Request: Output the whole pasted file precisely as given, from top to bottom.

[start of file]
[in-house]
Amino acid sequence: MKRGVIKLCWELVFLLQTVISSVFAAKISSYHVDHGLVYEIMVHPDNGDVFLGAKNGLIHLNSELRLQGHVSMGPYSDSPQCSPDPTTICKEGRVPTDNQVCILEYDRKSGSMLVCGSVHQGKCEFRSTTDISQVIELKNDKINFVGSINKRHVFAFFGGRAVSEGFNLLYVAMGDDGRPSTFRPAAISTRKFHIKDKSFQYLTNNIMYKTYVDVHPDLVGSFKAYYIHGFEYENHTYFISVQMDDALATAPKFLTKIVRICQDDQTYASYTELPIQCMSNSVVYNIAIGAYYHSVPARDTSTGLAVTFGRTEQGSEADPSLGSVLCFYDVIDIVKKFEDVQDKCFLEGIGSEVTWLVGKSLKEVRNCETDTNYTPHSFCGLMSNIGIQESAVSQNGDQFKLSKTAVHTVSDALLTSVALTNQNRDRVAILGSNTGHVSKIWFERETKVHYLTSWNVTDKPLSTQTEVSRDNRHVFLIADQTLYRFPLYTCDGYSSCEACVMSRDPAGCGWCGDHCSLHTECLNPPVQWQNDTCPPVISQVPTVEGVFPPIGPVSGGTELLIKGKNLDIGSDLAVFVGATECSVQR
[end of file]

[in-house]
Amino acid sequence: MKRGVIKLCWELVFLLQTVISSVFAAKISSYHVDHGLVYEIMVHPDNGDVFLGAKNGLIHLNSELRLQGHVSMGPYSDSPQCSPDPTTICKEGRVPTDNQVCILEYDRKSGSMLVCGSVHQGKCEFRSTTDISQVIELKNDKINFVGSINKRHVFAFFGGRAVSEGFNLLYVAMGDDGRPSTFRPAAISTRKFHIKDKSFQYLTNNIMYKTYVDVHPDLVGSFKAYYIHGFEYENHTYFISVQMDDALATAPKFLTKIVRICQDDQTYASYTELPIQCMSNSVVYNIAIGAYYHSVPARDTSTGLAVTFGRTEQGSEADPSLGSVLCFYDVIDIVKKFEDVQDKCFLEGIGSEVTWLVGKSLKEVRNCETDTNYTPHSFCGLMSNIGIQESAVSQNGDQFKLSKTAVHTVSDALLTSVALTNQNRDRVAILGSNTGHVSKIWFERETKVHYLTSWNVTDKPLSTQTEVSRDNRHVFLIADQTLYRFPLYTCDGYSSCEACVMSRDPAGCGWCGDHCSLHTECLNPPVQWQNDTCPPVISQVPTVEGVFPPIGPVSGGTELLIKGKNLDIGSDLAVFVGATECSVQR